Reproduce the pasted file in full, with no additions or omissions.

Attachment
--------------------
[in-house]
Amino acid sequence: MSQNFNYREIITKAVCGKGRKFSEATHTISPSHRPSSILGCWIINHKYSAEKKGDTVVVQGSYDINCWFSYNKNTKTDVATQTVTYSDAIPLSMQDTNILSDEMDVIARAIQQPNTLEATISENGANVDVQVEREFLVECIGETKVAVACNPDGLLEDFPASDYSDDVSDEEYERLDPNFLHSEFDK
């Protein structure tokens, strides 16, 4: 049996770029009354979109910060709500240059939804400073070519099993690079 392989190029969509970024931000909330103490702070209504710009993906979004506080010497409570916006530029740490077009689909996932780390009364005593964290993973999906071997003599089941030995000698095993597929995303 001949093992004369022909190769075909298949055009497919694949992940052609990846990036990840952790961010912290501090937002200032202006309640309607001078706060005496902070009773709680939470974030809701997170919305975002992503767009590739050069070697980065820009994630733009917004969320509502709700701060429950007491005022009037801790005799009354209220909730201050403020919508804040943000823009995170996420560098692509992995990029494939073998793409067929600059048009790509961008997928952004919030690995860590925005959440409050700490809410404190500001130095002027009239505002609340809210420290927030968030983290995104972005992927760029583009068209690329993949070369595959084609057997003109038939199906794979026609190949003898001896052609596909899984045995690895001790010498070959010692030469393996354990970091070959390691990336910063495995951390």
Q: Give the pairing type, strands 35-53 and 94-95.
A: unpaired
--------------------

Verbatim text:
[in-house]
Amino acid sequence: MSQNFNYREIITKAVCGKGRKFSEATHTISPSHRPSSILGCWIINHKYSAEKKGDTVVVQGSYDINCWFSYNKNTKTDVATQTVTYSDAIPLSMQDTNILSDEMDVIARAIQQPNTLEATISENGANVDVQVEREFLVECIGETKVAVACNPDGLLEDFPASDYSDDVSDEEYERLDPNFLHSEFDK
């Protein structure tokens, strides 16, 4: 049996770029009354979109910060709500240059939804400073070519099993690079 392989190029969509970024931000909330103490702070209504710009993906979004506080010497409570916006530029740490077009689909996932780390009364005593964290993973999906071997003599089941030995000698095993597929995303 001949093992004369022909190769075909298949055009497919694949992940052609990846990036990840952790961010912290501090937002200032202006309640309607001078706060005496902070009773709680939470974030809701997170919305975002992503767009590739050069070697980065820009994630733009917004969320509502709700701060429950007491005022009037801790005799009354209220909730201050403020919508804040943000823009995170996420560098692509992995990029494939073998793409067929600059048009790509961008997928952004919030690995860590925005959440409050700490809410404190500001130095002027009239505002609340809210420290927030968030983290995104972005992927760029583009068209690329993949070369595959084609057997003109038939199906794979026609190949003898001896052609596909899984045995690895001790010498070959010692030469393996354990970091070959390691990336910063495995951390």
Q: Give the pairing type, strands 35-53 and 94-95.
A: unpaired